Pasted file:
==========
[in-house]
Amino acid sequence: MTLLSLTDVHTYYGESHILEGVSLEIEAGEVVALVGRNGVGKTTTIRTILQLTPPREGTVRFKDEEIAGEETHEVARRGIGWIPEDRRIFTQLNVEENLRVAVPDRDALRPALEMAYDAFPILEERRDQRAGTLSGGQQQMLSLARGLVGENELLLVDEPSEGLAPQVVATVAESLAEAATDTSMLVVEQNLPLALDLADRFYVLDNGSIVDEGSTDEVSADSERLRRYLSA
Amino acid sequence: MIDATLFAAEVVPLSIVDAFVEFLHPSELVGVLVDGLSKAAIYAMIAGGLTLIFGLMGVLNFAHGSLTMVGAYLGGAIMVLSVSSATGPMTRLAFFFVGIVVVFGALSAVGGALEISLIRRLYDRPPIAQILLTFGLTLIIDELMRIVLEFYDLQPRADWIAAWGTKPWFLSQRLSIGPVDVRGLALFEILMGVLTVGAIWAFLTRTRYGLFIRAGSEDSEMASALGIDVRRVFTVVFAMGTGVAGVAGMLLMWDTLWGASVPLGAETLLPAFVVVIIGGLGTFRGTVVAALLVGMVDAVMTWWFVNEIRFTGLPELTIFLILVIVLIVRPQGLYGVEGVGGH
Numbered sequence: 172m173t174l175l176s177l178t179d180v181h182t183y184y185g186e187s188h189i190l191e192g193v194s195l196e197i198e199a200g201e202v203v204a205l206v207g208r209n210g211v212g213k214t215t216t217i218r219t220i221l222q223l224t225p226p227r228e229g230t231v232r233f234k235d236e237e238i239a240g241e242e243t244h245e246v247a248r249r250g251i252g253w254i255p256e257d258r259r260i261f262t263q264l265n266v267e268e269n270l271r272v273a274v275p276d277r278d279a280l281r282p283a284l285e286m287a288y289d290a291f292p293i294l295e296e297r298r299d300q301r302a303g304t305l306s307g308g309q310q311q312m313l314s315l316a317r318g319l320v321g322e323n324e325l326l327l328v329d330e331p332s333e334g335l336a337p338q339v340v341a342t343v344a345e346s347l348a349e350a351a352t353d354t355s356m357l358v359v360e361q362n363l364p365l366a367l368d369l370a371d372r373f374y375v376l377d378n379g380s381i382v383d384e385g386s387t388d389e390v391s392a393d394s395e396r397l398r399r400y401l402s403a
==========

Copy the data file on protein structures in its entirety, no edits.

[in-house]
Amino acid sequence: MTLLSLTDVHTYYGESHILEGVSLEIEAGEVVALVGRNGVGKTTTIRTILQLTPPREGTVRFKDEEIAGEETHEVARRGIGWIPEDRRIFTQLNVEENLRVAVPDRDALRPALEMAYDAFPILEERRDQRAGTLSGGQQQMLSLARGLVGENELLLVDEPSEGLAPQVVATVAESLAEAATDTSMLVVEQNLPLALDLADRFYVLDNGSIVDEGSTDEVSADSERLRRYLSA
Amino acid sequence: MIDATLFAAEVVPLSIVDAFVEFLHPSELVGVLVDGLSKAAIYAMIAGGLTLIFGLMGVLNFAHGSLTMVGAYLGGAIMVLSVSSATGPMTRLAFFFVGIVVVFGALSAVGGALEISLIRRLYDRPPIAQILLTFGLTLIIDELMRIVLEFYDLQPRADWIAAWGTKPWFLSQRLSIGPVDVRGLALFEILMGVLTVGAIWAFLTRTRYGLFIRAGSEDSEMASALGIDVRRVFTVVFAMGTGVAGVAGMLLMWDTLWGASVPLGAETLLPAFVVVIIGGLGTFRGTVVAALLVGMVDAVMTWWFVNEIRFTGLPELTIFLILVIVLIVRPQGLYGVEGVGGH
Numbered sequence: 172m173t174l175l176s177l178t179d180v181h182t183y184y185g186e187s188h189i190l191e192g193v194s195l196e197i198e199a200g201e202v203v204a205l206v207g208r209n210g211v212g213k214t215t216t217i218r219t220i221l222q223l224t225p226p227r228e229g230t231v232r233f234k235d236e237e238i239a240g241e242e243t244h245e246v247a248r249r250g251i252g253w254i255p256e257d258r259r260i261f262t263q264l265n266v267e268e269n270l271r272v273a274v275p276d277r278d279a280l281r282p283a284l285e286m287a288y289d290a291f292p293i294l295e296e297r298r299d300q301r302a303g304t305l306s307g308g309q310q311q312m313l314s315l316a317r318g319l320v321g322e323n324e325l326l327l328v329d330e331p332s333e334g335l336a337p338q339v340v341a342t343v344a345e346s347l348a349e350a351a352t353d354t355s356m357l358v359v360e361q362n363l364p365l366a367l368d369l370a371d372r373f374y375v376l377d378n379g380s381i382v383d384e385g386s387t388d389e390v391s392a393d394s395e396r397l398r399r400y401l402s403a